On August 10, 1924, the Cecil Hotel almost fell victim to fire after the nearby burning Woolworth building experienced an explosion that shot flames across the alley and struck the wall of the hotel, shattering nearly every pane of glass at the rear of the building. Unfortunately, the alley was also where a crowd of curious onlookers had gathered to watch the fire, leaving eight people burned, two of them nine-year-old children who were so badly burned it was unlikely they survived.

In March of 1933, the hotel played host to wrestlers and boxers in town for the Maroon’s card. The participants went through a workout at the hotel, with a fair-sized gallery of fans there to watch.

On January 29, 1968, a man was found dead in his room and remained unidentified for eight days. He had registered at the hotel on January 28th as N. Kargohs and when his body was found the next day, he had no identification papers on his person or in the room. Eventually he was identified as Nick Hrytuik, a sixty-year-old caretaker at the Ukrainian Federation Hall in Regina. His cause of death was not listed, nor any theories as to why he might have checked in under a false name.

The reign of the Cecil Hotel came to an end in the early hours of Saturday, July 26, 1975, when it was destroyed by fire. The fire was first called in at 1:50AM and quickly became a roaring inferno of flame and dense smoke. By the time dawn broke, the hotel’s interior had collapsed into the basement and all that remained standing was the brick facade facing River Street. As firemen sifted through the wreckage, they came upon the burned remains of a man who was eventually identified as forty-one-year-old Russell Stefura, a resident of the hotel. On August 1, 1975, the body of a second victim of the fire was found, believed to be that of Albert/Franklin Webb, who was about seventy two. He was difficult to identify, having gone by the two different names and because he told people he came from different places in Eastern Canada. Both deaths were caused by asphyxiation. The fire was believed to have been caused by a short circuit in wiring within a false ceiling, which contained the smoke until the blaze had become well established. Peculiar burns were found on the outside of the main circuit box and the condition of the wires within indicated a short circuit had occurred. What was left of the building was too hazardous to leave standing and was torn down.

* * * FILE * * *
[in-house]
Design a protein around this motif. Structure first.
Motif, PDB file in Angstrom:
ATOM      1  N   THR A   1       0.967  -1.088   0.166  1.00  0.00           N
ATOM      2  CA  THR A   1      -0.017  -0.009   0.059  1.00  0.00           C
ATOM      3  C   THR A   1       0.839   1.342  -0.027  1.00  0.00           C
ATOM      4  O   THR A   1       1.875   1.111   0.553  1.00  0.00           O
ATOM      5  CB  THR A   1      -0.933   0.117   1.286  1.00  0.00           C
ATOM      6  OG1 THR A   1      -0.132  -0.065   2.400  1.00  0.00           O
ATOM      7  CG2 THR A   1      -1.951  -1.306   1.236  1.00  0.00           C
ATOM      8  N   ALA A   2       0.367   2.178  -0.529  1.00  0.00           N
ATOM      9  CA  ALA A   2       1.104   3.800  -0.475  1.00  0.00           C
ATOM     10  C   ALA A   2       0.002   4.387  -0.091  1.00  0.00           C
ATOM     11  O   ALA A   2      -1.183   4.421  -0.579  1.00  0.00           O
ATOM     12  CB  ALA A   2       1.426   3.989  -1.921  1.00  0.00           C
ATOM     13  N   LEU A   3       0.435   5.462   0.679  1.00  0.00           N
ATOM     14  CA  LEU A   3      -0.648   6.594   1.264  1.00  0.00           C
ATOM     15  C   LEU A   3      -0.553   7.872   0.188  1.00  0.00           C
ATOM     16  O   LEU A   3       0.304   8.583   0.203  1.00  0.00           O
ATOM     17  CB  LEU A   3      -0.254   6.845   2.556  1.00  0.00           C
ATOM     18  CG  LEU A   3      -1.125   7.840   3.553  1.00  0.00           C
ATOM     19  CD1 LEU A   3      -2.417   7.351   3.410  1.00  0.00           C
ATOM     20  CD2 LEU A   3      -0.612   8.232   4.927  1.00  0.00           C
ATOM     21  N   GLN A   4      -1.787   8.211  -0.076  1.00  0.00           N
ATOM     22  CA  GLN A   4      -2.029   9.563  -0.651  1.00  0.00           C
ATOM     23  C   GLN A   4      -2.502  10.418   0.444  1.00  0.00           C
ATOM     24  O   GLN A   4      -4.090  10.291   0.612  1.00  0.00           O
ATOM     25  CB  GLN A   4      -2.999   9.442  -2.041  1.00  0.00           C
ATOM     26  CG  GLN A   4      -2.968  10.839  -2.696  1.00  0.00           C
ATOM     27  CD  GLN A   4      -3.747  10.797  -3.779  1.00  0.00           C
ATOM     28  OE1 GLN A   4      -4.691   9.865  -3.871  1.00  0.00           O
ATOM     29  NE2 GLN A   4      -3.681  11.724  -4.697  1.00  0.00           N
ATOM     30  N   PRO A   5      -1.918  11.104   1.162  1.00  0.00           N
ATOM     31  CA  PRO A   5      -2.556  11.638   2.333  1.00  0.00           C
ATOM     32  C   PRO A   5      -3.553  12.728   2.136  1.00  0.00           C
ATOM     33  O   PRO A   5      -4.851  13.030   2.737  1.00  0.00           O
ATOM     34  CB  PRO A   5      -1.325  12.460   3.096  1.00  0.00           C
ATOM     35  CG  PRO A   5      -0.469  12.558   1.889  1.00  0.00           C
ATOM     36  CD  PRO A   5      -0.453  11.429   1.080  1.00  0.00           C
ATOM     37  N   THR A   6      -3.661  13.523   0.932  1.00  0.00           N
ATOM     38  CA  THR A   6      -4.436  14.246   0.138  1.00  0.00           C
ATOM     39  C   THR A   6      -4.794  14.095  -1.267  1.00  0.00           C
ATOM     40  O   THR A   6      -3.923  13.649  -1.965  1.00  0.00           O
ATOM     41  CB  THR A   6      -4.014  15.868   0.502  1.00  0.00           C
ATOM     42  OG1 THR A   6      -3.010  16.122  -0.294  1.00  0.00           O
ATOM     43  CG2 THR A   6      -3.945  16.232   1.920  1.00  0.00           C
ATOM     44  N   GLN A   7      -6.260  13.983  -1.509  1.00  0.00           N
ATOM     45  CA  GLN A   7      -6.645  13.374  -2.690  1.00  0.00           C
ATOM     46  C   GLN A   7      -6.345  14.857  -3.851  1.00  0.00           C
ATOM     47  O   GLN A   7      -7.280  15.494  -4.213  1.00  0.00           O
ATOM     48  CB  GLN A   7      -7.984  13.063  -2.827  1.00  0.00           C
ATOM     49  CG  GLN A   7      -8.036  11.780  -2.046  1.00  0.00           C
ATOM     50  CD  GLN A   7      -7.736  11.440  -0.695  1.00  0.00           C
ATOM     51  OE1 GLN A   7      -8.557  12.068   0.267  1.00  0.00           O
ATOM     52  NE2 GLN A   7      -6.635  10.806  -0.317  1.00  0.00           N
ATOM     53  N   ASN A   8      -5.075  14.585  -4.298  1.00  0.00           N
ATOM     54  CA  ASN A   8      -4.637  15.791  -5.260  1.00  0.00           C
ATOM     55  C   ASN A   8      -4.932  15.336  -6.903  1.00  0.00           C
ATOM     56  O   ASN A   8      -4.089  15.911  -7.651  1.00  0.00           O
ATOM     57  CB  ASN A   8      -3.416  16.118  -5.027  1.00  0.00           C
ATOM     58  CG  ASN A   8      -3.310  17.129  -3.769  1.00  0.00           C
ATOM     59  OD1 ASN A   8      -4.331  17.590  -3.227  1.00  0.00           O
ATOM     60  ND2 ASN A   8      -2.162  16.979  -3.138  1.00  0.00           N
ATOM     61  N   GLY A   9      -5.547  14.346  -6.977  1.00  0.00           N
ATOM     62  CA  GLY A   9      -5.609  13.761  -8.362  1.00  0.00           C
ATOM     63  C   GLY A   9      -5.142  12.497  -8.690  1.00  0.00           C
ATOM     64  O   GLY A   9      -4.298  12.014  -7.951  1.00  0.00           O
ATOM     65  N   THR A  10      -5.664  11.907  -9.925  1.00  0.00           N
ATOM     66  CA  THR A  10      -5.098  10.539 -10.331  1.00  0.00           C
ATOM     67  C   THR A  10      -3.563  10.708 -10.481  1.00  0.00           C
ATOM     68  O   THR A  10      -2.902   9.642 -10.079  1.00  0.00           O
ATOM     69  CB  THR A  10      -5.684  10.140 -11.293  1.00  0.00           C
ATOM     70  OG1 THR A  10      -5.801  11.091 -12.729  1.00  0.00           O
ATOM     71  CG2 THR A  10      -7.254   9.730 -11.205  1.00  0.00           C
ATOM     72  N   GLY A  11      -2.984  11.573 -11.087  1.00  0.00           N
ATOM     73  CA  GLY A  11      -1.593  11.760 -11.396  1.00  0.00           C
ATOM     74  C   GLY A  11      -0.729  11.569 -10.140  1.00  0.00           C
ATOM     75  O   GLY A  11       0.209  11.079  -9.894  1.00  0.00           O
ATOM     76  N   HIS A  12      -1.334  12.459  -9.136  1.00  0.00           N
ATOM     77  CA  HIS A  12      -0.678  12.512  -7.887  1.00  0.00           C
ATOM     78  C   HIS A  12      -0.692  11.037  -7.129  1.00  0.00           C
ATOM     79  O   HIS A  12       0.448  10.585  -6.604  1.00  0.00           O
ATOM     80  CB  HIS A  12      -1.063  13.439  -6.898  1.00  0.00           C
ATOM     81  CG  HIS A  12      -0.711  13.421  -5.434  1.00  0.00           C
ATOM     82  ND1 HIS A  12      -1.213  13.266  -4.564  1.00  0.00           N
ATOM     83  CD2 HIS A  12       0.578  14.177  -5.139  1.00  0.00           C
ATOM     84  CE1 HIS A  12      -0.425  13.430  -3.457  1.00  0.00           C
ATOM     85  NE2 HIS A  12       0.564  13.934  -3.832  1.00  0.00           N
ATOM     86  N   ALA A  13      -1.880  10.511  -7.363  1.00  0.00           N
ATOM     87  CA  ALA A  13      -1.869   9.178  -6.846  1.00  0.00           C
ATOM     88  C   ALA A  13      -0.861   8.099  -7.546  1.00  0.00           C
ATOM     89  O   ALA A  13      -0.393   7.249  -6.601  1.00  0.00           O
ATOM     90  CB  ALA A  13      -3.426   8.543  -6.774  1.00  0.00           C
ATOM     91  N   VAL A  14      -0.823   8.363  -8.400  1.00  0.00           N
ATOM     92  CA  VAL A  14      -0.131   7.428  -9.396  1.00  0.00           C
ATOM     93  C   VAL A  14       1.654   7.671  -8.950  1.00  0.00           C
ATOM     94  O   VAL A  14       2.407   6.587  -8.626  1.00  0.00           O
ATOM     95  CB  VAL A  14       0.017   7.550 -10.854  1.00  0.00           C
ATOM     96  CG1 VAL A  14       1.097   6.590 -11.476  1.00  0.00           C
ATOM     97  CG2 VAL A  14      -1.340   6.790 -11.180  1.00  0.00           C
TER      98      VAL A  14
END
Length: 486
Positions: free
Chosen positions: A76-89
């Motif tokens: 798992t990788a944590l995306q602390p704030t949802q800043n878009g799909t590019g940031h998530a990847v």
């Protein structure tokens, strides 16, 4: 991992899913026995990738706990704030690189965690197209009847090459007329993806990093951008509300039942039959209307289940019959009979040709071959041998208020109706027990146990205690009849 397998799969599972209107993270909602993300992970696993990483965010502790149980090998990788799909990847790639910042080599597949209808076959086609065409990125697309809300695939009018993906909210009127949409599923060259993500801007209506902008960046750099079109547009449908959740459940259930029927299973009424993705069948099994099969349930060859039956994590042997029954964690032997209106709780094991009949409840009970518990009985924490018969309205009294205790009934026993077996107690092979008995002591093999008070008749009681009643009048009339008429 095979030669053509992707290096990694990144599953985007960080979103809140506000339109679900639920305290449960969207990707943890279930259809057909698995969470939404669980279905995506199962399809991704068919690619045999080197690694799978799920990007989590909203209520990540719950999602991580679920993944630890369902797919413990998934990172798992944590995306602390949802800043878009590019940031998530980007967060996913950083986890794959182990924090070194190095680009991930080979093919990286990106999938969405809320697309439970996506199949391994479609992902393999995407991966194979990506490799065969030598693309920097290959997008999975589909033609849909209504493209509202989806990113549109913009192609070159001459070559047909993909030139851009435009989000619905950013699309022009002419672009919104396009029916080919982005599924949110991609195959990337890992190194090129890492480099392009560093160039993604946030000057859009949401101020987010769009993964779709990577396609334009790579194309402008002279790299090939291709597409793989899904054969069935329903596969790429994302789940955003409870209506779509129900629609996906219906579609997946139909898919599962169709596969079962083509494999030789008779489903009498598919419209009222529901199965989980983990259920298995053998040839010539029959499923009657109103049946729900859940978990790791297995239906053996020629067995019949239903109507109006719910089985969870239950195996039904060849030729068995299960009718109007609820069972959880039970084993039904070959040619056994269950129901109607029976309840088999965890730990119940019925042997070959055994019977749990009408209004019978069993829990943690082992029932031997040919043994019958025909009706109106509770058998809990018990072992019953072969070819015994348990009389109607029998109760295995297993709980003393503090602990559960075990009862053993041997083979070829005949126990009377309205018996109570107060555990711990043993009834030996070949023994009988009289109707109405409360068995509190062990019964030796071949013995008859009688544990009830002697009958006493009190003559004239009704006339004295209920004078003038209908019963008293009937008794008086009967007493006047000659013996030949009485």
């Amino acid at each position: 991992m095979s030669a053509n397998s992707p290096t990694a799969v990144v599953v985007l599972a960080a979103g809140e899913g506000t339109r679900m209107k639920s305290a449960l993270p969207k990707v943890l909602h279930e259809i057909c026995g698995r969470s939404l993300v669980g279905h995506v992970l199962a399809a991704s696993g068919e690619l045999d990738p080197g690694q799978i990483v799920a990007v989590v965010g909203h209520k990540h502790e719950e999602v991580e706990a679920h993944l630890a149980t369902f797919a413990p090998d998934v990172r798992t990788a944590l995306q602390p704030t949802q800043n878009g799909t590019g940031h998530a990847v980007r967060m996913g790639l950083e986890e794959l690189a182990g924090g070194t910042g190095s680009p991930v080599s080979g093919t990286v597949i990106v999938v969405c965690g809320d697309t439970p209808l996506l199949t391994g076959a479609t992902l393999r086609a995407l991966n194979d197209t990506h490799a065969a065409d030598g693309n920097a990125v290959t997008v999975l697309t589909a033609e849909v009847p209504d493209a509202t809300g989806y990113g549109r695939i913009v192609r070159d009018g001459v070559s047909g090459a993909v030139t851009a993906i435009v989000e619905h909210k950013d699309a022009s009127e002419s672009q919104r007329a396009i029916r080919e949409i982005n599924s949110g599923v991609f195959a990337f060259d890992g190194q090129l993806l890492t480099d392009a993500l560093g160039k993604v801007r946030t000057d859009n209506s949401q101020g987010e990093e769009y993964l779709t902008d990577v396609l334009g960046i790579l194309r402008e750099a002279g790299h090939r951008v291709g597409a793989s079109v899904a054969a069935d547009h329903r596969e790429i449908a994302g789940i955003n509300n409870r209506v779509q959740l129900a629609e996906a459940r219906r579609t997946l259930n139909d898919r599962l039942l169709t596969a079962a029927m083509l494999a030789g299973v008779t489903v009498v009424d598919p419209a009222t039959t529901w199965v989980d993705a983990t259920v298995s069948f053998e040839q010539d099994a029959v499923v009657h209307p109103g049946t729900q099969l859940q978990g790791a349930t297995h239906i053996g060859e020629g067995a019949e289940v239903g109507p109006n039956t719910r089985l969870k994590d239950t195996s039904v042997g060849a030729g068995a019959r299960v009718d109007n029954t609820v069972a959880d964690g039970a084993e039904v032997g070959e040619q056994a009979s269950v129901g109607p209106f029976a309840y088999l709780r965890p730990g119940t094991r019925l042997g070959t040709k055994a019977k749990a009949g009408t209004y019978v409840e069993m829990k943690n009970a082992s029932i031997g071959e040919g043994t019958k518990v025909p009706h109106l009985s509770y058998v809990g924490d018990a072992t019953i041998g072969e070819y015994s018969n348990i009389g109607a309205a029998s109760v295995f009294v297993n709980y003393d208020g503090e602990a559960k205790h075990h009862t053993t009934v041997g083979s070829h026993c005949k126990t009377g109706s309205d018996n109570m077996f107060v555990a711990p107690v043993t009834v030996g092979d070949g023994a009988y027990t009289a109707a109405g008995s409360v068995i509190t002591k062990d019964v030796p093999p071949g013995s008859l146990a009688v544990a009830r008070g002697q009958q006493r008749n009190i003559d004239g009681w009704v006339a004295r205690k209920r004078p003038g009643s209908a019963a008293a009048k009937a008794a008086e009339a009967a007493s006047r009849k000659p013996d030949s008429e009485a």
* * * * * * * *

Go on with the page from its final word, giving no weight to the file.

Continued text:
The Regina Leader-Post – Aug 1, 1975

And that is the story of the Cecil Hotel in Moose Jaw.

Information for this post came from the following editions the Regina Leader-Post and Saskatoon Star-Phoenix: Jan 27, 1909, May 16, 1911, Dec 11, 1912, July 29, 1916, Aug 11, 1924, March 29, 1933, May 13, 1967, Feb 7, 1968, July 26, 1975, July 28, 1975, July 29, 1975, July 30, 1975, July 31, 1975, Aug 1, 1975, Aug 2, 1975, Aug 12, 1975, Sep 11, 1975

If you enjoyed this post, please subscribe and share it with friends! If you’d like to read more about Saskatchewan’s history of true crime, give these a try:

Beneath the Horses’ Hooves: The Murder of Ralph Warwick

Murder at Elstow

The Shooting of Peter Champagne